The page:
She loads the washing machine and finally deals with her damp towels.
She cleans her bathroom. Then sweeps. Always keeping the men in her periphery.
They do drill holes in the cement pad and install a metal mounting bracket.
They unspool a long stretch of cable. Calling back and forth to each other as one crawls under the house from the high side.
She listens as he makes his way nearly under the kitchen before they resort to using some long fishing tool to extend the cable.
She places the next load in the dryer and puts away the folded laundry.
The Ruger has warmed up.
She has cooled down.
She’s excited to see the dish standing.
They come in again and she has iced tea out in the three glasses.
“Do you guys want sugar?”
She has a pink and white box dug from the back of a cupboard.
“Oh man, you didn’t have to do that.”
Rich is pulling his gloves off and gratefully takes a long pull.
“Thank you!” Len says and begins mixing himself a diabetic coma of tea.
“Let’s turn on your laptop and set up your network.”
Rich places his half empty glass on the table and heads to the corner where he settles the network router into the shelved table that holds the television.
She fetches the laptop and sits at the table with Len.
They connect to and name the router. And they all have a pretty good laugh when Len suggests adding a password.
She logs in to the Internet and is instantly immersed.
Until the men who had begun to clean up their tools knock quietly.
“Hey, can we use your sink?”
She agrees almost mindlessly, deep in the midst of setting up a Skype account.
Len begins washing his hands and arms.
“Is it helping?”
“I don’t know man, it fucking burns.”
She looks up,
“Did you hurt yourself?”
“I don’t know what happened, my arms are just burning!”
She gets up and walks over to the sink.
One look at his arms and she knows.
“You got in the nettles.”
“Is that bugs?”
“No, it’s just a plant.”
She looks into his eyes really for the first time since they mentioned pot and ruined everything.
She is instantly guilty and contrite in equal measure.
If she hadn’t let herself get so paranoid she would have hung out with them, watched them better. She wouldn’t have let them get hurt.
“It’ll be okay, it just burns for a bit.”
She moves to the cupboard and gets some baking soda.
“Keep washing it. It’ll help get the little hairs out.”
In the small yellow Fire and Light bowl she mixes a soothing paste then grabs a latex glove from the box in the drawer and calls Len back to the table. Seated across from him she is all business.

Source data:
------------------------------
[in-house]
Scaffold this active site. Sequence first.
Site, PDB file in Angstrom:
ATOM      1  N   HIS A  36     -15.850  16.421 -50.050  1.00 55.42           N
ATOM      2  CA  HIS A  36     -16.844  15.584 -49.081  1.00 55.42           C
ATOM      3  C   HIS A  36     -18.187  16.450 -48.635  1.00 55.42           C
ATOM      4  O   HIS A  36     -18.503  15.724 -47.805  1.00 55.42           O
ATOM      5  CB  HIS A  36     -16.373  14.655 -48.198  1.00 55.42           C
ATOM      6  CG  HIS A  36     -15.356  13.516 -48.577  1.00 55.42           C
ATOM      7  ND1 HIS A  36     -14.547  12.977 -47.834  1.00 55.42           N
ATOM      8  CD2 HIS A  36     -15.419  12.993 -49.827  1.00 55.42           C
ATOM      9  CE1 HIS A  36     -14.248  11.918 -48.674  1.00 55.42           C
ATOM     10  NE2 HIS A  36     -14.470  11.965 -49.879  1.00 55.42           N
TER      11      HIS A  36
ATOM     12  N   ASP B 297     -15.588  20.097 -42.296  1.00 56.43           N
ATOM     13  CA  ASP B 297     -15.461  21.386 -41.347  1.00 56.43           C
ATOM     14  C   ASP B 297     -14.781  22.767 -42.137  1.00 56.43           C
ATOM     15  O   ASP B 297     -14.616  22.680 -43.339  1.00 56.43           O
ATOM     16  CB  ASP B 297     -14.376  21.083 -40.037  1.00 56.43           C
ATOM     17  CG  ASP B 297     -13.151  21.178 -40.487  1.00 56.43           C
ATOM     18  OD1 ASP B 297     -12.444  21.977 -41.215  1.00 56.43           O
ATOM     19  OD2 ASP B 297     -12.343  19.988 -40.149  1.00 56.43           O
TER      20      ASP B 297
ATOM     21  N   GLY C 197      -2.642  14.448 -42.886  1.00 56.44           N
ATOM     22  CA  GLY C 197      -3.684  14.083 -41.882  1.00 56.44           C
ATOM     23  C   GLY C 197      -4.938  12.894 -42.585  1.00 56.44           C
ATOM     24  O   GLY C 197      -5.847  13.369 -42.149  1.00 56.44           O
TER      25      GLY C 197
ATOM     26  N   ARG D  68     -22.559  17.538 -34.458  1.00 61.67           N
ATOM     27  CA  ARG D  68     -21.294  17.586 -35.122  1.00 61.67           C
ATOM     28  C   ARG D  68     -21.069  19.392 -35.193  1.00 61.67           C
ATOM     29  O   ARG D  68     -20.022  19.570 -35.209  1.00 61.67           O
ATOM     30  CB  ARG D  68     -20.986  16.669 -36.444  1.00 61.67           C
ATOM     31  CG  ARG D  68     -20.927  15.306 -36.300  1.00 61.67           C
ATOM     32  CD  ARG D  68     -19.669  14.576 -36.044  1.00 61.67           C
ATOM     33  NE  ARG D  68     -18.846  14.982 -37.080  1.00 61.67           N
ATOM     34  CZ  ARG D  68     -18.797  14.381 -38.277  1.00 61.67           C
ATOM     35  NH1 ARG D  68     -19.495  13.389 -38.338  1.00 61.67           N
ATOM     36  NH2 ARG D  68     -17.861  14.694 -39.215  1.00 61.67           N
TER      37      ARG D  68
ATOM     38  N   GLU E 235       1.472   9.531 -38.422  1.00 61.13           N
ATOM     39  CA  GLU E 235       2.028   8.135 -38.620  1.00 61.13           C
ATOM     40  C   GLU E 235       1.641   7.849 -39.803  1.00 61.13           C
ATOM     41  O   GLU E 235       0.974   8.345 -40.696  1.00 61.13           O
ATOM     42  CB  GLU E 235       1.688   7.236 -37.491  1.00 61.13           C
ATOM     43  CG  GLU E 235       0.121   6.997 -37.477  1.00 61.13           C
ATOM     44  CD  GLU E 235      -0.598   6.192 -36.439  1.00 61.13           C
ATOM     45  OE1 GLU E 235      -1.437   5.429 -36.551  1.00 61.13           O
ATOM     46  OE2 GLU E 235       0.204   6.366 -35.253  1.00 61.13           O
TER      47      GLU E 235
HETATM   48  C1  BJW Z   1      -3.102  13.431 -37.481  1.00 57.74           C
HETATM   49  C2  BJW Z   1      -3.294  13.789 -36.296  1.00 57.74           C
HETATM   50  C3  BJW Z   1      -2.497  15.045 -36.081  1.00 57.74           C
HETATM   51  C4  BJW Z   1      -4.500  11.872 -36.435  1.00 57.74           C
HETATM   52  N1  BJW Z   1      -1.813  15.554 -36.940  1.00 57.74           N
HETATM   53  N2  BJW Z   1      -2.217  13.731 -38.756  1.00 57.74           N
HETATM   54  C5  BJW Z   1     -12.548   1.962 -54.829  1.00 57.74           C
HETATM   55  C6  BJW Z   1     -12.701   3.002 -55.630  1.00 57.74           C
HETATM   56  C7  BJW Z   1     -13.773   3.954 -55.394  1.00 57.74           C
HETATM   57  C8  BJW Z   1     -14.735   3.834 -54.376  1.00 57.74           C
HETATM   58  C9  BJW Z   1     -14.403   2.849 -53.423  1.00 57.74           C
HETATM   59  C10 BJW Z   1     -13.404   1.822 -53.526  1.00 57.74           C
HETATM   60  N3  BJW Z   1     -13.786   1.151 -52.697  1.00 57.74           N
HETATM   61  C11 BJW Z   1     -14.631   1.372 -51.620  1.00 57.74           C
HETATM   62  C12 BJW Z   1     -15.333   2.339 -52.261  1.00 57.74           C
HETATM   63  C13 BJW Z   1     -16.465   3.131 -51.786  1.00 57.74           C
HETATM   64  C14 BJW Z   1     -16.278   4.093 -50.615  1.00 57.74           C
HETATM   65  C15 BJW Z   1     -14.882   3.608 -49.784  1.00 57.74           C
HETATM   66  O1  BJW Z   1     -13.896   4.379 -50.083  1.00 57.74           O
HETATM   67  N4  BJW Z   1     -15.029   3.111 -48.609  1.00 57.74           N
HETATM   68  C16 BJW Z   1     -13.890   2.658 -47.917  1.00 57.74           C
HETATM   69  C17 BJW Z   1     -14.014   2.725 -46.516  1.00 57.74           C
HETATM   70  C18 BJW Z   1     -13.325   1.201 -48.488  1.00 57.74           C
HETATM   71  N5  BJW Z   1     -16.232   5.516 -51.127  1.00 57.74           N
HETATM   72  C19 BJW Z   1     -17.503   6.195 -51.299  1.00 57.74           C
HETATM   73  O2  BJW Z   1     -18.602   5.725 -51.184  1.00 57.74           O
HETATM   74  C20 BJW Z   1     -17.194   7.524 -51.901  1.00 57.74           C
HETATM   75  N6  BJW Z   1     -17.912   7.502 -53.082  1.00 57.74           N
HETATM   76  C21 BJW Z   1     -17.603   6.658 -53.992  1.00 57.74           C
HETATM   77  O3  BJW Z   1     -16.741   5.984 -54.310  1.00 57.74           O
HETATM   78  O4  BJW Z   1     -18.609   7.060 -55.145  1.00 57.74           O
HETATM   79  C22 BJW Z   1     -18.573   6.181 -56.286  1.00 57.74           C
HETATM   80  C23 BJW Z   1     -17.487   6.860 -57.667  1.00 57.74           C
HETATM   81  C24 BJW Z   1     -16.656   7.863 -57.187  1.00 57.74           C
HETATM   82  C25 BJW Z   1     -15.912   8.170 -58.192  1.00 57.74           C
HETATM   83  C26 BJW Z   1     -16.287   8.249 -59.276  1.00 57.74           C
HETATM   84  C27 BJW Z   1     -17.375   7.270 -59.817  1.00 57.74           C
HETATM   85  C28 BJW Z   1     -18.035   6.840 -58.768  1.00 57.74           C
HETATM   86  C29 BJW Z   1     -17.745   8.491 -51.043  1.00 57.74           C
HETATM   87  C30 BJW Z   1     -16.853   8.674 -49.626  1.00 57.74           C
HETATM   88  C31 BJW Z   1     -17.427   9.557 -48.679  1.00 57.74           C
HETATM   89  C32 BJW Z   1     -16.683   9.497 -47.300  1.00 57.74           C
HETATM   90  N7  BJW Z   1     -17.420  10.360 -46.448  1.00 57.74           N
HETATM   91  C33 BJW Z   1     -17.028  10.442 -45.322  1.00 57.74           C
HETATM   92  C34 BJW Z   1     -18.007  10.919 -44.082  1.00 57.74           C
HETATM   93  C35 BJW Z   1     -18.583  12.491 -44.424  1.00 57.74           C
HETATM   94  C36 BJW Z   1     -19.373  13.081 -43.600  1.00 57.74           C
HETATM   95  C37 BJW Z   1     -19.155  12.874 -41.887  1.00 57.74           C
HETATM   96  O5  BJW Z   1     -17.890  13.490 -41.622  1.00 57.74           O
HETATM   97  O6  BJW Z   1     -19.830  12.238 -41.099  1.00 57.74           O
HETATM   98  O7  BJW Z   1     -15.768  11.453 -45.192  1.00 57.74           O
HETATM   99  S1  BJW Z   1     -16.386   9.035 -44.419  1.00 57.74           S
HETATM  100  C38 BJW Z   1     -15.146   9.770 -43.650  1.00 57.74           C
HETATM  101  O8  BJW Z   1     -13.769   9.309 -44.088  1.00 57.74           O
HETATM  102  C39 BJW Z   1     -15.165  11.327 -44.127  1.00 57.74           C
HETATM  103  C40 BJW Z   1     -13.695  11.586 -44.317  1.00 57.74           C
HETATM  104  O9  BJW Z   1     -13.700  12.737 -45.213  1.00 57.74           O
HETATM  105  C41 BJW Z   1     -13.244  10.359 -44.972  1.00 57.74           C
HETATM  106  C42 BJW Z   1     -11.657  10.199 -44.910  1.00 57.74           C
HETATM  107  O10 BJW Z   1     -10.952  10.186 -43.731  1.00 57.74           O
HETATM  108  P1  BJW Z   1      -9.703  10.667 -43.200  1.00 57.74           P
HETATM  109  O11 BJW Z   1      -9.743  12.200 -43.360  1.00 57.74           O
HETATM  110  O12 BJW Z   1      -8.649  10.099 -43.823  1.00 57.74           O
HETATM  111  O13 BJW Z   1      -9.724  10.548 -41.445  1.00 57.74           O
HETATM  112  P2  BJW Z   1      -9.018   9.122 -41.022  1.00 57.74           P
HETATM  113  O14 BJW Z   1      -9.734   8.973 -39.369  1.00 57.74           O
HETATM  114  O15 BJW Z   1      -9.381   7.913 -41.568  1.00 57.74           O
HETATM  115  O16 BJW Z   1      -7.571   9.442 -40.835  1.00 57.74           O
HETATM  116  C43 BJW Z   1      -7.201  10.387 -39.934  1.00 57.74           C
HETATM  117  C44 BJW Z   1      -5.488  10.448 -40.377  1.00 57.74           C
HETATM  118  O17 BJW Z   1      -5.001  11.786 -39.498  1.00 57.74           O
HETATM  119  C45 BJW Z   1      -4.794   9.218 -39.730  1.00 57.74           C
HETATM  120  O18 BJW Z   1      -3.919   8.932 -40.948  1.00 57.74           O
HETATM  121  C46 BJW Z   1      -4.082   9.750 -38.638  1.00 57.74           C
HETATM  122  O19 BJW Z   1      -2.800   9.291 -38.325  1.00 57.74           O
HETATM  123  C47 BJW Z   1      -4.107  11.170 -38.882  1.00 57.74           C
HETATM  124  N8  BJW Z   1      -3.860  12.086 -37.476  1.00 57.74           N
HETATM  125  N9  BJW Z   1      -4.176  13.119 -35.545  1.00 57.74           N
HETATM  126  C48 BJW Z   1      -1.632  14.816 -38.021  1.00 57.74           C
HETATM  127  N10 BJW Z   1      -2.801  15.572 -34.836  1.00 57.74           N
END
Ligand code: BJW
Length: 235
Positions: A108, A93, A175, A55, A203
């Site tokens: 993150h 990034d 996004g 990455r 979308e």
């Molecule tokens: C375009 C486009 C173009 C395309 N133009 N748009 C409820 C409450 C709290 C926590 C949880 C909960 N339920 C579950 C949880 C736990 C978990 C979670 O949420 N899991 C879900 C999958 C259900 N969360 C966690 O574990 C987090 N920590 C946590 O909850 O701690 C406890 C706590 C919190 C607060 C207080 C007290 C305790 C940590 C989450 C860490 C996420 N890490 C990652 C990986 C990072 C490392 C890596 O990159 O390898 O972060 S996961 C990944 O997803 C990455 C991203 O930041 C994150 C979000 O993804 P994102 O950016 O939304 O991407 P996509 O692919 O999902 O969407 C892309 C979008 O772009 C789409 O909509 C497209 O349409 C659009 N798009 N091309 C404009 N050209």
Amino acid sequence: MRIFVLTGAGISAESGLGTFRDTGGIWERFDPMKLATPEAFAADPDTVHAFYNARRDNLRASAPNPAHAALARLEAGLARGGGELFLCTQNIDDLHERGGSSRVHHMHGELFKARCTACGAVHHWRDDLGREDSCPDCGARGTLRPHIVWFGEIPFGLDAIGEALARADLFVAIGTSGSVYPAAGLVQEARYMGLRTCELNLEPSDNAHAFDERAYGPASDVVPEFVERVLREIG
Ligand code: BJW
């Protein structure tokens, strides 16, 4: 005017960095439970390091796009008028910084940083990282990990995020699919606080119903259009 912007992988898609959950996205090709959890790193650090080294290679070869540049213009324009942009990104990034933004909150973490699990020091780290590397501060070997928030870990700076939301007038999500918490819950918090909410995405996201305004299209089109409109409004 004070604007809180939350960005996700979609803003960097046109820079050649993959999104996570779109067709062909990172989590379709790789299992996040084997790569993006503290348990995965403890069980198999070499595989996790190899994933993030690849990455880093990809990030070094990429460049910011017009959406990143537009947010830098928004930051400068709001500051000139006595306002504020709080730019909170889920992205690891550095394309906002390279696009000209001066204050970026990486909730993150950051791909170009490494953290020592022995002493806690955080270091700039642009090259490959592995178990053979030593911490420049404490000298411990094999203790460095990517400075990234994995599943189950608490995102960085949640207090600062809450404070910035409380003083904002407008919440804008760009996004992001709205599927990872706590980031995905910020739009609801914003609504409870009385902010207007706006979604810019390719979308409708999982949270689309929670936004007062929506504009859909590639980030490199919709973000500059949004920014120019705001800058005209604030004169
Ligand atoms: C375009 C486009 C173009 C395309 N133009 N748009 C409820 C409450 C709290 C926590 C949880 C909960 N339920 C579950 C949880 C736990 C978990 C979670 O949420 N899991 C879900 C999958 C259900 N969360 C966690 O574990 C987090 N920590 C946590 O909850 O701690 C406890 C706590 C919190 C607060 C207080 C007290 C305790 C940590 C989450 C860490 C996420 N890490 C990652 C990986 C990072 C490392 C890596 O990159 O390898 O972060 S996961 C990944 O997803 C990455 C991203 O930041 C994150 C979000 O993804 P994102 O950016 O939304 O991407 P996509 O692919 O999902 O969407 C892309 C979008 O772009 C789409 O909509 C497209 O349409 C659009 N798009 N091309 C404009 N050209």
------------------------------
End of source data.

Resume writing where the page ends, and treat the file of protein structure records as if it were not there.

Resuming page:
“Here, give me an arm.”
It’s bright red with the tell tale raised white dots. She begins applying the paste gently and evenly as Rich looks on, then he laughs.
“You have all kinds of dangerous weed in Humboldt!”
She doesn’t laugh.
“Dude, why is that all anyone ever talks about? You know how annoying that is?”
She is stern and serious but still gently applying the paste to Len’s arms.
Len makes a noise and she looks at him in concern.
He is looking her in the eye and then he slides his gaze to the left leading her eyes with his own.
There in the middle of her dining room table, on a beautiful doily that her mother had made, sit three glass canisters of varying heights.
They are the kind you get at Bed Bath and Beyond. That people would fill with colorful pastas .
The tall one has a variety of purple so dark it’s nearly black. The shorter one is White Widow, pale and covered in crystal, and the middle one has old school Kush, with those distinct bright orange hairs.
She takes a sharp breath.
Her head whips back to Len’s face and then Rich’s .
They are both smiling.
And she has to pick a lane.
She begins laughing.
And when they join in, the world seems a brighter place.
She does what must be done.
“You guys want some for the road?”
They always do.
So she retrieves six baggies from the same drawer that she’d pulled the gloves from.
Each man is given a handful from each jar and she gives them a bullshit story about how she puts a few plants in her garden every year.
They aren’t aware enough to realize that this land is not good gardening land.
She doesn’t explain that this weed is decorative. That it’s been subject to sunlight and temperature shifts. She can’t remember when she put it in those jars.
She is just gracious and funny.
She makes them feel like friends.
She follows them out the road and locks the gate behind them.
And the smile falls away.
She looks down at the pile of apples in the road. Flattened now.
They probably are fish.
But they might get to thinking, or talking.
And so she’s left with those bony little fingers,
and thoughts of bears.